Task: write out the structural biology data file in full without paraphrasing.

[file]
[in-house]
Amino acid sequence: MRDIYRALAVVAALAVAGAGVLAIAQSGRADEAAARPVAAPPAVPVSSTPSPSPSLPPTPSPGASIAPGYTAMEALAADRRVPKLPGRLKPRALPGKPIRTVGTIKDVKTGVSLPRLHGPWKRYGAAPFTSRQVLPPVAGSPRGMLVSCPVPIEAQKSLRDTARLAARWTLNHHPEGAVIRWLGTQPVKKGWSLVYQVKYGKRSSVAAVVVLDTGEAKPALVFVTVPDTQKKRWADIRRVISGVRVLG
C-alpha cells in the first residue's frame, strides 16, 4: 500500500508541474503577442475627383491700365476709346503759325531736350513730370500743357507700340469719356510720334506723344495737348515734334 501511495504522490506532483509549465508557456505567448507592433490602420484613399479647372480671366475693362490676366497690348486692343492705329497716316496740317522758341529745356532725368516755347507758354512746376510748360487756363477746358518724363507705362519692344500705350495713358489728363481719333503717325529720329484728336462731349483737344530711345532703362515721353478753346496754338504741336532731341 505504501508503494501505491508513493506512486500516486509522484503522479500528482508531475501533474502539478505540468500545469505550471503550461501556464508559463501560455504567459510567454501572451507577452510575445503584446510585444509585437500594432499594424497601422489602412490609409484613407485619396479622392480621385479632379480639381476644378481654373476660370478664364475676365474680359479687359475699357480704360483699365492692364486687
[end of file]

[in-house]
Amino acid sequence: MRDIYRALAVVAALAVAGAGVLAIAQSGRADEAAARPVAAPPAVPVSSTPSPSPSLPPTPSPGASIAPGYTAMEALAADRRVPKLPGRLKPRALPGKPIRTVGTIKDVKTGVSLPRLHGPWKRYGAAPFTSRQVLPPVAGSPRGMLVSCPVPIEAQKSLRDTARLAARWTLNHHPEGAVIRWLGTQPVKKGWSLVYQVKYGKRSSVAAVVVLDTGEAKPALVFVTVPDTQKKRWADIRRVISGVRVLG
C-alpha cells in the first residue's frame, strides 16, 4: 500500500508541474503577442475627383491700365476709346503759325531736350513730370500743357507700340469719356510720334506723344495737348515734334 501511495504522490506532483509549465508557456505567448507592433490602420484613399479647372480671366475693362490676366497690348486692343492705329497716316496740317522758341529745356532725368516755347507758354512746376510748360487756363477746358518724363507705362519692344500705350495713358489728363481719333503717325529720329484728336462731349483737344530711345532703362515721353478753346496754338504741336532731341 505504501508503494501505491508513493506512486500516486509522484503522479500528482508531475501533474502539478505540468500545469505550471503550461501556464508559463501560455504567459510567454501572451507577452510575445503584446510585444509585437500594432499594424497601422489602412490609409484613407485619396479622392480621385479632379480639381476644378481654373476660370478664364475676365474680359479687359475699357480704360483699365492692364486687